Opening Doors in Brick Walls

Following my three part series on the slaves of my 5th grand-father James Sims I made a commitment to write a post on a monthly basis until I’ve RELEASED all of the names of slaves owned by my ancestors. During October, Family History Month, I worked through a large chancery file pulling as much information out of it as possible and posting weekly in hopes of helping the descendants of the slaves mentioned.

I RELEASEDDelph, Ben, Sukey, Tom, Jacob, Peggy, Aime, and their children Sandy, Britton, Reuben, Betsey, Pleasant, Benjamin, Cynthia, Calvin, Sarah, Susan, Adeline, John, William, Mary, Alice, Jacob, Ellender, Giles, Edward, Serena, Lucy, Margaret, Sam, an [unnamed] infant, Martha, Charles,  and Green (or Gwen) as well as Will, Cintha, Cate, Darkis, Roas, Alesey, Chloe, Charlote, Feby, Jude, Peggy, Rick, Cuffey, Thomas, Sal, Easter, Jude, Lucy and Anthony using information found in Chancery Records file for Administrator…

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Americans need to define, discover, and try to understand what the “it” is of slavery and the reverberations from the institution.


Last week, Brandeis University professor Chad Williams saw countless news stories and social media conversations about the shooting at a historically black church in Charleston, South Carolina, in which a white man allegedly killed nine black people. What he did not see was historical context.

So Williams, chair of the school’s African and Afro-American studies department, started a hashtag.

“When events like this happen, or really anything having to do with race, I think there’s an impulse to start talking—’We need to have a conversation, we need to have a dialogue,'” Williams tells Quartz. “All too often those conversations are rooted in emotions, in feelings, rather than historical facts.”

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I finally visited the African American Civll War Memorial and Museum on June 5th. African Americans were 1% of the population in the northern United States.  However, African Americans comprised 10% of the Union Army and 25% of the Union Navy through the creation of the United States Colored Troops. The numbers at the memorial are only the official count of those who died in the war.  The names on the silver plaques do not include those forced into service by the Confederacy.  When I first got to the memorial it took my eyes a moment to focus on those small silver plaques and I realized each one was cover in the names of the fallen.  It was almost overwhelming to see so many names.  The front of the monument, named The Spirit of Freedom, depicts soldiers poised to fight and on the back of the monument is a solider, but also family (women and children).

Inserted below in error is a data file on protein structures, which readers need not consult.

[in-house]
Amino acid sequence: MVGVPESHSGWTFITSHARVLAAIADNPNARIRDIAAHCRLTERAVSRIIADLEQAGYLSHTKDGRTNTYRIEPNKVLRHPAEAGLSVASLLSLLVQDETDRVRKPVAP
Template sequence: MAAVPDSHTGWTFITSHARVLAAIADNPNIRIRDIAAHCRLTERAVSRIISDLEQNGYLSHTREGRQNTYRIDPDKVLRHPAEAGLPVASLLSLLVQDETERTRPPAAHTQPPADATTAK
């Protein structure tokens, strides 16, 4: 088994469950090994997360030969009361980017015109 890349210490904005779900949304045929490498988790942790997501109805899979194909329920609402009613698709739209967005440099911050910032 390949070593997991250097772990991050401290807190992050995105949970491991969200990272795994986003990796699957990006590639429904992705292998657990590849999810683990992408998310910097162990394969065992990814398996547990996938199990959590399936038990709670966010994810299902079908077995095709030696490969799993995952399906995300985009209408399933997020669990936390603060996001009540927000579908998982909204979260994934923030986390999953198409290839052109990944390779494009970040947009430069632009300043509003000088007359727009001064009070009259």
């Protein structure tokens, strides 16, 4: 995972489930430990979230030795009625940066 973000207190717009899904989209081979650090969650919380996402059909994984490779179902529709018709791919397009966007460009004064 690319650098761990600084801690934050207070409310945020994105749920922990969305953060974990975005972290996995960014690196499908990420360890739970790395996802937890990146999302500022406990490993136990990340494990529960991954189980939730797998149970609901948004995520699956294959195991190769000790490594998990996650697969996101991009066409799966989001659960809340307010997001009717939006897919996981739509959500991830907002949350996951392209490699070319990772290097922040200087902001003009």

The records of the troops are accessible through the museum and are not only of the fallen but all of the US Colored Troops, which can assist people in their genealogy searches.


CAPE TOWN, South Africa (AP) — Against a backdrop of exclusive, sea-view apartments in Cape Town, South African and American researchers on Tuesday paid tribute at the spot where slaves died when the Portuguese ship that was carrying them into bondage sank in 1794.

Three divers, deterred by rain and wind that evoked the stormy conditions that wrecked the Sao Jose–Paquete de Africa slave ship, ventured a few feet (meters) into the surf of the Clifton suburb’s beach to scatter sand from Mozambique in honor of the doomed slaves, who were being transported from the former Portuguese colony. The divers hugged each other and one shed tears.

The memorial was the culmination of years of digging in historical archives and into the sea floor, casting new light on the century-spanning, Atlantic slave trade, in which millions from Africa were sent to labor in the Americas at the height of European…

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Most people know the history of slavery within the United States.  This video from TED ED explores the impact of the Atlantic Slave Trade on the continent of Africa.


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